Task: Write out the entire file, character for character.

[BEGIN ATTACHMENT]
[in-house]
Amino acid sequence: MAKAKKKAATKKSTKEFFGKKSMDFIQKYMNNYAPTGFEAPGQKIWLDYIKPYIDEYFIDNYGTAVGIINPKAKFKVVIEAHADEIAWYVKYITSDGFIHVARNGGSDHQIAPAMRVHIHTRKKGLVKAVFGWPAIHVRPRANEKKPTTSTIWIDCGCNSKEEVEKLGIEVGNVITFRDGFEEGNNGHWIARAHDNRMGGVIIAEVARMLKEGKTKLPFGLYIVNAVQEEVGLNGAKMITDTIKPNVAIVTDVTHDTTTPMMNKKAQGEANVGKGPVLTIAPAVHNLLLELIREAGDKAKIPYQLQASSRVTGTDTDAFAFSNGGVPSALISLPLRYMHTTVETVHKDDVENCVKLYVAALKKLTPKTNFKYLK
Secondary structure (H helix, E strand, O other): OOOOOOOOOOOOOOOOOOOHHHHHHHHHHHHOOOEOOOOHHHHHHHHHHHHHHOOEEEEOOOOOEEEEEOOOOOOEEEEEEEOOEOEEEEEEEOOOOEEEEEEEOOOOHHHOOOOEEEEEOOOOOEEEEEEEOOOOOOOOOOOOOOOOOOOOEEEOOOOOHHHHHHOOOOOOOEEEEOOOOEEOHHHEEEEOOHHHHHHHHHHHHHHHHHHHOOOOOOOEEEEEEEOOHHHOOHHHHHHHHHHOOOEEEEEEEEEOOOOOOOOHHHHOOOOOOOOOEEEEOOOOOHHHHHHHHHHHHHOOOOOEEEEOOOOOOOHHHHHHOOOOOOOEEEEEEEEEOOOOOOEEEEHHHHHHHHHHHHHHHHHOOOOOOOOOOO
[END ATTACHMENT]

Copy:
[in-house]
Amino acid sequence: MAKAKKKAATKKSTKEFFGKKSMDFIQKYMNNYAPTGFEAPGQKIWLDYIKPYIDEYFIDNYGTAVGIINPKAKFKVVIEAHADEIAWYVKYITSDGFIHVARNGGSDHQIAPAMRVHIHTRKKGLVKAVFGWPAIHVRPRANEKKPTTSTIWIDCGCNSKEEVEKLGIEVGNVITFRDGFEEGNNGHWIARAHDNRMGGVIIAEVARMLKEGKTKLPFGLYIVNAVQEEVGLNGAKMITDTIKPNVAIVTDVTHDTTTPMMNKKAQGEANVGKGPVLTIAPAVHNLLLELIREAGDKAKIPYQLQASSRVTGTDTDAFAFSNGGVPSALISLPLRYMHTTVETVHKDDVENCVKLYVAALKKLTPKTNFKYLK
Secondary structure (H helix, E strand, O other): OOOOOOOOOOOOOOOOOOOHHHHHHHHHHHHOOOEOOOOHHHHHHHHHHHHHHOOEEEEOOOOOEEEEEOOOOOOEEEEEEEOOEOEEEEEEEOOOOEEEEEEEOOOOHHHOOOOEEEEEOOOOOEEEEEEEOOOOOOOOOOOOOOOOOOOOEEEOOOOOHHHHHHOOOOOOOEEEEOOOOEEOHHHEEEEOOHHHHHHHHHHHHHHHHHHHOOOOOOOEEEEEEEOOHHHOOHHHHHHHHHHOOOEEEEEEEEEOOOOOOOOHHHHOOOOOOOOOEEEEOOOOOHHHHHHHHHHHHHOOOOOEEEEOOOOOOOHHHHHHOOOOOOOEEEEEEEEEOOOOOOEEEEHHHHHHHHHHHHHHHHHOOOOOOOOOOO